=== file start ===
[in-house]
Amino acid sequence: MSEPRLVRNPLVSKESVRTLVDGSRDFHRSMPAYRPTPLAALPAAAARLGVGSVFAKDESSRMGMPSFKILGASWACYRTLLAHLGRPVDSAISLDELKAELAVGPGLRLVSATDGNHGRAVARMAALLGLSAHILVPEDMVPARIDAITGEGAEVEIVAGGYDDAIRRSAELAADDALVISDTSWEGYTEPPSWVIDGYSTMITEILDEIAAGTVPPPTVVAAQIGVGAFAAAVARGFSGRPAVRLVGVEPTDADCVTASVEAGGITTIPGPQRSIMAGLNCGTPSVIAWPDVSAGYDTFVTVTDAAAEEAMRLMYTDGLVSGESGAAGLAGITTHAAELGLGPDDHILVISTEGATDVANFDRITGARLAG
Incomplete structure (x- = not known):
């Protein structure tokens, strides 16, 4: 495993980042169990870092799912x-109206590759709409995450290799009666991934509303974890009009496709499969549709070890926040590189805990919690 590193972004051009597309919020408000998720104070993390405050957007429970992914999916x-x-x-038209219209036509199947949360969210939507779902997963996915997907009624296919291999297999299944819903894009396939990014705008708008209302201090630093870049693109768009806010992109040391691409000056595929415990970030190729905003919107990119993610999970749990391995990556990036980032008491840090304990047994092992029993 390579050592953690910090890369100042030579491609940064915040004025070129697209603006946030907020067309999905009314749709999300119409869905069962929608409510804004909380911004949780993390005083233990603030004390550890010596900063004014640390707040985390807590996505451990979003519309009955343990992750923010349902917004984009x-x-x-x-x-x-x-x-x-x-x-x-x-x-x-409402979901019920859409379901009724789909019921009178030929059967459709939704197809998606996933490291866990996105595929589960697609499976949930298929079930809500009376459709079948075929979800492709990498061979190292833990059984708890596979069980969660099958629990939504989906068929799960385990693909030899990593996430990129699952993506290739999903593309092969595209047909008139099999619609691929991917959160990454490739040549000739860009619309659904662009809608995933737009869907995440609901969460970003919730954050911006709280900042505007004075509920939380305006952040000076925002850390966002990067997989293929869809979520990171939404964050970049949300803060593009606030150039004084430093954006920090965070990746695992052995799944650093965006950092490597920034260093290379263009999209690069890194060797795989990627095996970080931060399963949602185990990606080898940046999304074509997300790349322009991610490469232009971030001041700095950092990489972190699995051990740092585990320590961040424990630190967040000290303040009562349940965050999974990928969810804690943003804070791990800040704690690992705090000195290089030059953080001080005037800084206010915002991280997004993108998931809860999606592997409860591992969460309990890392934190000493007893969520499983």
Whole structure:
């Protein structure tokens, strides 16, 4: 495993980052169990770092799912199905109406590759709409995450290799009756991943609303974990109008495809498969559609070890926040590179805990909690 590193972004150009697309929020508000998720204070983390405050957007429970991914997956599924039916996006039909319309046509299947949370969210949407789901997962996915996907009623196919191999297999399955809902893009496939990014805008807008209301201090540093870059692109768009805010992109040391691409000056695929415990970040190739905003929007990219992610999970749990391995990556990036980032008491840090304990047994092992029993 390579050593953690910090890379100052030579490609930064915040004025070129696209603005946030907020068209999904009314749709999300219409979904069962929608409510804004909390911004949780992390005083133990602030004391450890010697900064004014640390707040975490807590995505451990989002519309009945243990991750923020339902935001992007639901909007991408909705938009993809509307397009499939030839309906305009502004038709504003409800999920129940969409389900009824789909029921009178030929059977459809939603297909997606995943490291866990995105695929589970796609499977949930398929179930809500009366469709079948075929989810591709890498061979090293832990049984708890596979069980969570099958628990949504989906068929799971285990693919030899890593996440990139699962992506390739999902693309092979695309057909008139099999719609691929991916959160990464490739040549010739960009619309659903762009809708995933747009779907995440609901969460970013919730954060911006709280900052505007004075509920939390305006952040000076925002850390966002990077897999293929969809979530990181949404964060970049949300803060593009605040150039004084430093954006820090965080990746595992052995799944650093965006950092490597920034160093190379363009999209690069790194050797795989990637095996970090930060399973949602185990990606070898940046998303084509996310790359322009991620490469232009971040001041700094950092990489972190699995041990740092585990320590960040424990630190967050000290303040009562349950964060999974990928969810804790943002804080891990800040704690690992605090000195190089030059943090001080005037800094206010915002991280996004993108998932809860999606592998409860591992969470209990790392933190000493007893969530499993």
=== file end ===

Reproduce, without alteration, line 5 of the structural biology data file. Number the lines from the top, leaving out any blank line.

Whole structure: